The new recipe to combat hunger globally is this, electricity, water, carbon dioxide and microbes. Created by Finnish researchers, the new formula brings economic as well as environmental advantages.
The project called Food From Electricity, recently received a new contribution that may revolutionize the way we see food production. This is because, now, there has been a team of Finnish researchers who have already managed to produce protein from electricity. This study resulted from the partnership between the Lapeenranta University of Technology (LUT) and the VTT Technical Research Center of Finland.
This protein can be produced anywhere, provided there is renewable energy such as, for example, solar energy. This is an early stage of research, but it can pave the way for a future solution for feeding people in poor countries. This same technique may also apply in the livestock industry.
Thus, in practice, all raw materials are available in the air, in the future, the technology can be transported, for example, to deserts among other areas that are heavily affected by hunger. Another possible alternative is “to use a domestic reactor that allows the consumer to produce the necessary protein”, said Juha-Pekka Pitkänen, a VTT researcher.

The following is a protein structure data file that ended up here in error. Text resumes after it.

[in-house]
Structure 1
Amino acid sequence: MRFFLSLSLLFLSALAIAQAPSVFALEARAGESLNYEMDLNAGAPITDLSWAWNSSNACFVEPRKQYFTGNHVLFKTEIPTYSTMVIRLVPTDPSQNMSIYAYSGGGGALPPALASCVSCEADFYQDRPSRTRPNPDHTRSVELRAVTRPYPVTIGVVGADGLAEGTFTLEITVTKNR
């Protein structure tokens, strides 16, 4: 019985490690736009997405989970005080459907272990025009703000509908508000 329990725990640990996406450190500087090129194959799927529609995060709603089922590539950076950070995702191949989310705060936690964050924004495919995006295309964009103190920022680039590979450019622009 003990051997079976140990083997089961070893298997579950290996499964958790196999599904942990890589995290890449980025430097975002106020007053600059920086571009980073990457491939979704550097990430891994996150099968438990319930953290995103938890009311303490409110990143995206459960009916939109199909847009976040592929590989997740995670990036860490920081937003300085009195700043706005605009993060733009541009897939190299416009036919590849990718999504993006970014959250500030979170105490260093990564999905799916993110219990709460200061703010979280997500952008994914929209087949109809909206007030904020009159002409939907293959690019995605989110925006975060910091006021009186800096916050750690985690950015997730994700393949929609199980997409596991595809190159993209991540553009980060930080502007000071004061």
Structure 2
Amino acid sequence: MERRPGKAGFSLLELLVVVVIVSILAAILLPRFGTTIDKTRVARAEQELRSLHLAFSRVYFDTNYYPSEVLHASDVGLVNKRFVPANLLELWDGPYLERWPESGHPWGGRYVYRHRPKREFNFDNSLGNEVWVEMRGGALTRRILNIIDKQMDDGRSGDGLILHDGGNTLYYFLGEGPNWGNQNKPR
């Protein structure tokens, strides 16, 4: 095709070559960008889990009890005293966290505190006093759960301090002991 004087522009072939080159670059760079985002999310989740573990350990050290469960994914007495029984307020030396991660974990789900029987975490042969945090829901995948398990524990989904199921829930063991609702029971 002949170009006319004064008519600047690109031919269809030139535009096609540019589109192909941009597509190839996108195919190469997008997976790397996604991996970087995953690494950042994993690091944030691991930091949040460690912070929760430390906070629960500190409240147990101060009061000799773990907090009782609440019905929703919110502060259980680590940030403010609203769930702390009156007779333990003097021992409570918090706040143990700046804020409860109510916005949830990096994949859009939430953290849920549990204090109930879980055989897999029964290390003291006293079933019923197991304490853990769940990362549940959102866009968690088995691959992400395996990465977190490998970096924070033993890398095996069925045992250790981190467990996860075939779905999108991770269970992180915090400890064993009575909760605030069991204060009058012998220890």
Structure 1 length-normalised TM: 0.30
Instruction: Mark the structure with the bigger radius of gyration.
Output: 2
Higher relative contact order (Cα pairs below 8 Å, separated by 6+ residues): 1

In this way, water, electricity, carbon dioxide and microbes are necessary for the process to take place. After exposing these raw materials to electrolysis – decomposition technique by means of electric current – in a bioreactor, a powder is formed consisting of more than 50% protein and about 25% carbohydrates.
In comparison to traditional agriculture, “the method does not require a certain temperature, humidity, pest control or a specific type of soil”, says Jero Ahola of LUT.
The next step, according to researcher Juha-Pekka Pitkänen, is to optimize the system, since the bioreactor takes about two weeks to produce only one gram of protein.
“We are currently focusing on the development of technology: reactor concepts, improved efficiency and process control”, he explained.
Thus, this innovation could reduce global emissions of polluting gases by reducing the demand for animal feed, while also helping to combat the unsustainable agriculture that is practiced to feed both the human and animal populations, since the method Provides a cheaper and renewable alternative.